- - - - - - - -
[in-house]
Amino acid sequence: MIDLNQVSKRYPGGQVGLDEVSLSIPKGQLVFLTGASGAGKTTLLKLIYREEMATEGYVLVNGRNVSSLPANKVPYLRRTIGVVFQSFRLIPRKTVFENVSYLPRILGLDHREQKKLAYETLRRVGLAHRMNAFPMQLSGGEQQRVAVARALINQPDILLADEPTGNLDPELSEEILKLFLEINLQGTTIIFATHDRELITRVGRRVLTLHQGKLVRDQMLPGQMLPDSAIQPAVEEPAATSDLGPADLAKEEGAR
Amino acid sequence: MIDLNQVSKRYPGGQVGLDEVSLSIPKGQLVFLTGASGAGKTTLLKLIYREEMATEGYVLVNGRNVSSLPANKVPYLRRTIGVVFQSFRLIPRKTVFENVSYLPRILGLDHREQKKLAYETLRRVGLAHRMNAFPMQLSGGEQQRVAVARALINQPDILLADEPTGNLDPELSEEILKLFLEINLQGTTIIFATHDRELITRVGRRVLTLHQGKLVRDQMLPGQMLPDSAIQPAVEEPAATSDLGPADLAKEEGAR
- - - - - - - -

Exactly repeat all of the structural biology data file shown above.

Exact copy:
[in-house]
Amino acid sequence: MIDLNQVSKRYPGGQVGLDEVSLSIPKGQLVFLTGASGAGKTTLLKLIYREEMATEGYVLVNGRNVSSLPANKVPYLRRTIGVVFQSFRLIPRKTVFENVSYLPRILGLDHREQKKLAYETLRRVGLAHRMNAFPMQLSGGEQQRVAVARALINQPDILLADEPTGNLDPELSEEILKLFLEINLQGTTIIFATHDRELITRVGRRVLTLHQGKLVRDQMLPGQMLPDSAIQPAVEEPAATSDLGPADLAKEEGAR
Amino acid sequence: MIDLNQVSKRYPGGQVGLDEVSLSIPKGQLVFLTGASGAGKTTLLKLIYREEMATEGYVLVNGRNVSSLPANKVPYLRRTIGVVFQSFRLIPRKTVFENVSYLPRILGLDHREQKKLAYETLRRVGLAHRMNAFPMQLSGGEQQRVAVARALINQPDILLADEPTGNLDPELSEEILKLFLEINLQGTTIIFATHDRELITRVGRRVLTLHQGKLVRDQMLPGQMLPDSAIQPAVEEPAATSDLGPADLAKEEGAR